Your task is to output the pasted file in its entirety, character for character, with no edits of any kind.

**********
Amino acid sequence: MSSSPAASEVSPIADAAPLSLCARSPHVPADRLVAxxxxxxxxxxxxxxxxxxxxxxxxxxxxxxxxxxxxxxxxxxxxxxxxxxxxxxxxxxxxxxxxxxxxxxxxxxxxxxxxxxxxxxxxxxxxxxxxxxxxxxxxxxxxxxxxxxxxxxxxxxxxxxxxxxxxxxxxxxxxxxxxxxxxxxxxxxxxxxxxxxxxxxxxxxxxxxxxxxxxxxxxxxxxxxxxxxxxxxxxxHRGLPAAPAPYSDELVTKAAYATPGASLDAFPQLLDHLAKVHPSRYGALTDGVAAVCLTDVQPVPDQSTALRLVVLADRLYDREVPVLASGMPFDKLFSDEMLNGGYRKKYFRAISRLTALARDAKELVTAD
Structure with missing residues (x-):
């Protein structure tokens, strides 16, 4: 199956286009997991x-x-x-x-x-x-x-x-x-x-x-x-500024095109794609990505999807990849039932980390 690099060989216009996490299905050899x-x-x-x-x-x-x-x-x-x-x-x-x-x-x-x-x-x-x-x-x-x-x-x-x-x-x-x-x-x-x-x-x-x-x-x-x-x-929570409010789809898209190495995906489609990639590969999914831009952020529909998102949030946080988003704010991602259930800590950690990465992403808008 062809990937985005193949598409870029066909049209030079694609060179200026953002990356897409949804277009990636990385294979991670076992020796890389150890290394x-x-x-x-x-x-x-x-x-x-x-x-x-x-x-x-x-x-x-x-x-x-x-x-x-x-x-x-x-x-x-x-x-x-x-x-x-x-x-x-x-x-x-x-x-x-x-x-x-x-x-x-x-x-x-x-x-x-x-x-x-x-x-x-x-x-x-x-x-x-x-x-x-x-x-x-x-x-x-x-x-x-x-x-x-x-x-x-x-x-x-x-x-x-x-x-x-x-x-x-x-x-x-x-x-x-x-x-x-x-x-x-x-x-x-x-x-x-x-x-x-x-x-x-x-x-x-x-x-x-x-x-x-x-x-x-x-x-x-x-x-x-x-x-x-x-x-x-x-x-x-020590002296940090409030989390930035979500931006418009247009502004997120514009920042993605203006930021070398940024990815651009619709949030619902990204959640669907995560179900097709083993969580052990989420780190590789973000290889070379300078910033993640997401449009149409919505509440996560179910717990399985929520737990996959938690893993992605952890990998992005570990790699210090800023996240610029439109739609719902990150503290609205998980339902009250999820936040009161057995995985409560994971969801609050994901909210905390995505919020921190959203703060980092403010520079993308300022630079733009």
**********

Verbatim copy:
Amino acid sequence: MSSSPAASEVSPIADAAPLSLCARSPHVPADRLVAxxxxxxxxxxxxxxxxxxxxxxxxxxxxxxxxxxxxxxxxxxxxxxxxxxxxxxxxxxxxxxxxxxxxxxxxxxxxxxxxxxxxxxxxxxxxxxxxxxxxxxxxxxxxxxxxxxxxxxxxxxxxxxxxxxxxxxxxxxxxxxxxxxxxxxxxxxxxxxxxxxxxxxxxxxxxxxxxxxxxxxxxxxxxxxxxxxxxxxxxxHRGLPAAPAPYSDELVTKAAYATPGASLDAFPQLLDHLAKVHPSRYGALTDGVAAVCLTDVQPVPDQSTALRLVVLADRLYDREVPVLASGMPFDKLFSDEMLNGGYRKKYFRAISRLTALARDAKELVTAD
Structure with missing residues (x-):
């Protein structure tokens, strides 16, 4: 199956286009997991x-x-x-x-x-x-x-x-x-x-x-x-500024095109794609990505999807990849039932980390 690099060989216009996490299905050899x-x-x-x-x-x-x-x-x-x-x-x-x-x-x-x-x-x-x-x-x-x-x-x-x-x-x-x-x-x-x-x-x-x-x-x-x-x-929570409010789809898209190495995906489609990639590969999914831009952020529909998102949030946080988003704010991602259930800590950690990465992403808008 062809990937985005193949598409870029066909049209030079694609060179200026953002990356897409949804277009990636990385294979991670076992020796890389150890290394x-x-x-x-x-x-x-x-x-x-x-x-x-x-x-x-x-x-x-x-x-x-x-x-x-x-x-x-x-x-x-x-x-x-x-x-x-x-x-x-x-x-x-x-x-x-x-x-x-x-x-x-x-x-x-x-x-x-x-x-x-x-x-x-x-x-x-x-x-x-x-x-x-x-x-x-x-x-x-x-x-x-x-x-x-x-x-x-x-x-x-x-x-x-x-x-x-x-x-x-x-x-x-x-x-x-x-x-x-x-x-x-x-x-x-x-x-x-x-x-x-x-x-x-x-x-x-x-x-x-x-x-x-x-x-x-x-x-x-x-x-x-x-x-x-x-x-x-x-x-x-020590002296940090409030989390930035979500931006418009247009502004997120514009920042993605203006930021070398940024990815651009619709949030619902990204959640669907995560179900097709083993969580052990989420780190590789973000290889070379300078910033993640997401449009149409919505509440996560179910717990399985929520737990996959938690893993992605952890990998992005570990790699210090800023996240610029439109739609719902990150503290609205998980339902009250999820936040009161057995995985409560994971969801609050994901909210905390995505919020921190959203703060980092403010520079993308300022630079733009």